Last week, payments firm Wirecard admitted that €1.9bn of its cash probably never existed — and then it collapsed. It turns out that the German group’s auditors had failed for at least three years to request crucial account information from a Singapore bank where Wirecard said it had up to €1bn. Instead, EY relied on documents and screenshots provided by a third-party trustee and Wirecard itself.
To some, the story sounded remarkably familiar. In 2003, questions were swirling about Parmalat, a big Italian food group. Back then, Bank of America said that a document purporting to show that one of Parmalat’s offshore affiliates held €3.9bn in its account had been forged. Days later, Parmalat went into administration. Deloitte, the group’s main auditor from 1999 until its collapse, later agreed to pay $149m to the company and $8.5m to investors.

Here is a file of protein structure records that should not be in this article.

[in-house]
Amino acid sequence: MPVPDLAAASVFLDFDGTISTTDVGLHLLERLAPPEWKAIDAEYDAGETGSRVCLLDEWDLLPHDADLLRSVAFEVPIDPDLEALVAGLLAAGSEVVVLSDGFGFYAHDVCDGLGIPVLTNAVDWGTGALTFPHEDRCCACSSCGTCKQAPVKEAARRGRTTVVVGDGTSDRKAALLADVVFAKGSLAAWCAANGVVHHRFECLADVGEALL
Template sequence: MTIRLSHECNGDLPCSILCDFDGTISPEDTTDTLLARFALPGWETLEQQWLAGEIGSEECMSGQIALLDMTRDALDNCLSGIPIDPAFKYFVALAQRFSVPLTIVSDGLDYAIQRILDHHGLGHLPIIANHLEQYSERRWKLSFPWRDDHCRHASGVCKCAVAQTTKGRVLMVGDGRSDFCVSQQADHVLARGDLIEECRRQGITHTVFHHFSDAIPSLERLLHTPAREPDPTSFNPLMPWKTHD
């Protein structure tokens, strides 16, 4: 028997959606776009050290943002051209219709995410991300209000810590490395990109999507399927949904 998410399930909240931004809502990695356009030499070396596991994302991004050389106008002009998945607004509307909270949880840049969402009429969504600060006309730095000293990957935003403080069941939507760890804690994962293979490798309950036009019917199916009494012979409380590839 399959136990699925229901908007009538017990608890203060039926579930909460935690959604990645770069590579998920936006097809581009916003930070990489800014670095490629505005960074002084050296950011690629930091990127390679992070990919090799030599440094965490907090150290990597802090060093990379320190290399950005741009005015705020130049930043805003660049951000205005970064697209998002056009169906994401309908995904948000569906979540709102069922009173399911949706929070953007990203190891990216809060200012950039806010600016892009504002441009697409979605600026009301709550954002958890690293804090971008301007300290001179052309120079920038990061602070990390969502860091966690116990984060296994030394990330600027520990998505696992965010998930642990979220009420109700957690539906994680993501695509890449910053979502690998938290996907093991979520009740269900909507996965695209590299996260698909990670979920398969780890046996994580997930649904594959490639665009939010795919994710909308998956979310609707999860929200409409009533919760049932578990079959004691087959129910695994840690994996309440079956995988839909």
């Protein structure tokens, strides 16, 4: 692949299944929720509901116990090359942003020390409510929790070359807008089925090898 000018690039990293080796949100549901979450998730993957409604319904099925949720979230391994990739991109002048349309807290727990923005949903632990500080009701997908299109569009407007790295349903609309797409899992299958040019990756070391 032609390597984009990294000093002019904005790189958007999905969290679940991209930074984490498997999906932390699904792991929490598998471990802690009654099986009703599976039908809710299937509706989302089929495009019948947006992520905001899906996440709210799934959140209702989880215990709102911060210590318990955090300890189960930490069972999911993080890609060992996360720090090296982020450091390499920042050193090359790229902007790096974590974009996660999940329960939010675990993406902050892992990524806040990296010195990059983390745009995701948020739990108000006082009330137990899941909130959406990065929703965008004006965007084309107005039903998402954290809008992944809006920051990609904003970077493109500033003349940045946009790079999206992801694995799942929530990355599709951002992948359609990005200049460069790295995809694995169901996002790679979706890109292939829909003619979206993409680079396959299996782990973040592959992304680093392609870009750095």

‘Enforcement 40’ for 2020
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